Monday, April 19, 2021

European Super League Secession


Yesterday it was formally announced that 12 of the top teams in European Football would be breaking off to form their own European Super League. The proclamation comes after years of rumors and speculation as to whether or not the move would actually take place. Now, on the heals of a season and half of financially fraught football due to the COVID-19 Pandemic, these clubs have officially started secession.

Reactions were unsurprisingly panicked - Twitter went ablaze, UEFA and the Premier League condemned the actions, and FIFA proclaimed that any players who partake in the new league will be banned from the World Cup. Even heads of states like Boris Johnson and Emmanuel Macron came out against it.

Here in the states I think the scale and weight of the whole situation is a bit muddled. Imagine if Clemson, Alabama, Ohio State, Oregon, Texas, Oklahoma, and Notre Dame decided to start their own conference. Or if the Red Sox, Yankees, Dodgers, Cubs, and Cardinals one day announced that they would automatically make the playoffs every year. That's essentially what's happened here. They aren't perfect parallels but that's the level of cultural impact this will have if it goes through.

I don't see any way a genuine fan of sports and competition can support this decision. To me, it's a blatant money grab by these massive global brands - a way to sure up TV/ad revenue without having to earn the right to a share of the pot. Now that's not to say that UEFA and FIFA and the current European format is perfect. And neither are the domestic leagues. But to further enrich the big clubs in Europe is not a solution by any means. In my opinion that's the exact opposite of what should be done. More parity would be better for the fans of the sport, but parity brings increased risk to these giants and their boardrooms don't want that.

In the grand scheme of things this development goes hand in hand with the age-old tale of multinational corporations trying to monopolize their respective industries in any way they can. We've seen it booming in big tech  the last decade or so: Amazon now dominates our streets with delivery trucks, Facebook continues to gobble up subsidiaries, and Google marches on in it's quest to mine every piece of data it possibly can. And much like those companies, these clubs are an everyday part of millions of peoples' lives. But beyond that, these teams are socio-cultural touchstones that people identify with and cherish. These organizations are among the most important institutions in each city they hail from, and to see these billionaire owners shamelessly go against their fan's wishes is a sad site indeed. Like the big tech battle, this Super League is yet another form of deindustrialization that will line the pockets of the mega rich at the expense of average people. People who have been fans of this sport and their respective clubs for generations.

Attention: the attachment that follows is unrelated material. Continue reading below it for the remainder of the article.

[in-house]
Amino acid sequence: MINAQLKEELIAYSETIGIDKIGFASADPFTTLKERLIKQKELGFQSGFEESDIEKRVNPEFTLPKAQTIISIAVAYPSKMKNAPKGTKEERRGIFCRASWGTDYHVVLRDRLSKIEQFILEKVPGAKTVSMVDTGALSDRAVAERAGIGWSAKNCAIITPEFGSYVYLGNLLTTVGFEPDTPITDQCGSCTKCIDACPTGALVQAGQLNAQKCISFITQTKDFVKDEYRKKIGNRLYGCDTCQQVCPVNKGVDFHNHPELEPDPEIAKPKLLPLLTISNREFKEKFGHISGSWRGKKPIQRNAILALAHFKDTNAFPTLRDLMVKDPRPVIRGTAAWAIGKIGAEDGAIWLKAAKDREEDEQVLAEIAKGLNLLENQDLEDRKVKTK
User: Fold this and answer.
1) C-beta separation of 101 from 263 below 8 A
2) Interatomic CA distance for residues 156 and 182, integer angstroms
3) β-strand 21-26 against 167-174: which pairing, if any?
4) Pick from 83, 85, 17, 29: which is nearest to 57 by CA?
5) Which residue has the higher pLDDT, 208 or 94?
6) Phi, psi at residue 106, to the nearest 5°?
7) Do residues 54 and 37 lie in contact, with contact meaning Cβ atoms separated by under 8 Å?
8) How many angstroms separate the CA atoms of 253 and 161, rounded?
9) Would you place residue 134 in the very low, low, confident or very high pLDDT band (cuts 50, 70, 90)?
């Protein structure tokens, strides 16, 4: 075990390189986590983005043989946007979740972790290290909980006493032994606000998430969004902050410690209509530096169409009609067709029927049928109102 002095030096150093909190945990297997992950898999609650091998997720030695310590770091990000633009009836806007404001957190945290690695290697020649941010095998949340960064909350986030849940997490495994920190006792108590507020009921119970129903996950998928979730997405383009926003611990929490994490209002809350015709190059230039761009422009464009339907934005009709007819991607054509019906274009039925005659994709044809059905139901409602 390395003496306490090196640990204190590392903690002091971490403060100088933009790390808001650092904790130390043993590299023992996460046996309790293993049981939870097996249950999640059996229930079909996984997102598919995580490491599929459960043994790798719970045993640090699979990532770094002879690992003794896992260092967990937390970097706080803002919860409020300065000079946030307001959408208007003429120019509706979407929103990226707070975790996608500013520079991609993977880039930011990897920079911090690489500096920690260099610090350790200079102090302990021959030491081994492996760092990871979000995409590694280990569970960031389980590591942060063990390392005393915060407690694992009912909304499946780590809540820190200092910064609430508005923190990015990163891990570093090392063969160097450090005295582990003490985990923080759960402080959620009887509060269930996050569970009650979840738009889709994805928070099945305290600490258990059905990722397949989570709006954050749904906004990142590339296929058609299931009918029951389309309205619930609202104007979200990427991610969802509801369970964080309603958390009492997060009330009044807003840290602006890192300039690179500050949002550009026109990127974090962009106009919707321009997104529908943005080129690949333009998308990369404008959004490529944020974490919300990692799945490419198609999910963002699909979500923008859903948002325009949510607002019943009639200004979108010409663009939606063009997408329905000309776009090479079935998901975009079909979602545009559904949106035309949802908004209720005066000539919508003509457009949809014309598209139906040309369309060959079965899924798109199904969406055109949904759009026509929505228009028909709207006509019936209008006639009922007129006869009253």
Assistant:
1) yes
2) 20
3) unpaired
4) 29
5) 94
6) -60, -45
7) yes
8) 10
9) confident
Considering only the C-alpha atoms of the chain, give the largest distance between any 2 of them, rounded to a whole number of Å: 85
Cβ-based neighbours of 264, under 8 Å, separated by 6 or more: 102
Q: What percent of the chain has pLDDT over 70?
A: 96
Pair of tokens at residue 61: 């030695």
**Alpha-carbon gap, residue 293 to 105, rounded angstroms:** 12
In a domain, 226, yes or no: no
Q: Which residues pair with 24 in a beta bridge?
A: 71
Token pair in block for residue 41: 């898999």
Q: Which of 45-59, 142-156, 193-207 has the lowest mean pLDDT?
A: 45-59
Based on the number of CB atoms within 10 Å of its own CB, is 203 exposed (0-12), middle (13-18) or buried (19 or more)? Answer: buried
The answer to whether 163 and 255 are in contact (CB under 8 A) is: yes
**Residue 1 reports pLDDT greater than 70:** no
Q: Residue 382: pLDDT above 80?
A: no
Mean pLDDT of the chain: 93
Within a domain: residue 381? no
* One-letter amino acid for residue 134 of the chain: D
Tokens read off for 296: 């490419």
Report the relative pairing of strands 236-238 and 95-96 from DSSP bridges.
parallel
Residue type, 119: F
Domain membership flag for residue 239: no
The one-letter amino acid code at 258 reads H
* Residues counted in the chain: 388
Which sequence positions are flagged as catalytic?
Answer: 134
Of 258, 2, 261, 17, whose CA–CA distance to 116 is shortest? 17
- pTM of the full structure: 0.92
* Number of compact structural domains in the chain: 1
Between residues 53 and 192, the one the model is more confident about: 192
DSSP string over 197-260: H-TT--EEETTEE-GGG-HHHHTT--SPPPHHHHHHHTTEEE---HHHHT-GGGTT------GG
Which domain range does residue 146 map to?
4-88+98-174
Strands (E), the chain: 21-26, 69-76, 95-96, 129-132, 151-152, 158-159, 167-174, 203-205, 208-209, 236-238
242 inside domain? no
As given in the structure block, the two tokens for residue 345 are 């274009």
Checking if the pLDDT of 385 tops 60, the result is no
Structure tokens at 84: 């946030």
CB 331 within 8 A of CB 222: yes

The question is: Are fans/consumers and the governing bodies that represent those people strong/organized enough to stop this? We shall see.

- ZB James

Sunday, April 11, 2021

Go UMass


Last night UMass Hockey took home the schools first ever Division I national title. What an epic victory, I never thought I'd see the day. UMass Athletics were sort of a joke when I was out there - the lacrosse team was good and soccer is always decent, but the big 4 sports were usually pretty mediocre and uninspiring. So for a national title to come back to Amherst is borderline unbelievable. 

Hopefully this win can permeate the entire athletic department, I'd love to see the basketball team return to their mid 90's prominence. And the football team needs any help they can get, my lord. Talk about the most pathetic team maybe in all of Division I lol. Whatever the future holds, this is a moment to truly soak in and enjoy. Go UMass!

- ZB James

Friday, April 9, 2021

ZB's YouTube Cavern #6: Dirty Girls


Not even sure how this popped up on my YouTube feed, but I saw it and it seemed interesting so I clicked. It’s a short film documentary about a group of riot girls who were outsiders at their school in metro LA. Very fascinating piece of history that transports the viewer right into the heart of the 1990’s. The song “Batmobile” by Liz Phair acts as the theme song and my goodness it’s a perfect accompaniment. So alt.

The fact that these are all 8th graders or high schoolers is pretty remarkable. Almost every kid featured here makes some sort of intelligent and well-spoken statement. Even the kids who are critical of the Dirty Girls - they’re being cruel and you may not agree with them but they’re all articulate.

The most interesting part to me was when the documentarian had their classmates read the feminist Sour GRRRL zine that Amber had created. Every single one of their peers just shits all over it, it’s sad but also not surprising. Classic high school group-think bullying.

Their reunion in 2013 is also pretty interesting (below). Cool to see that they were all super into music and ended up forming bands. All in all it’s just a very humble and thoughtful piece of film. The way it simultaneously represents a single moment in time (the mid 90s) while maintaining an overarching relatability (high school bullying, teenage angst) is very unique.

- ZB James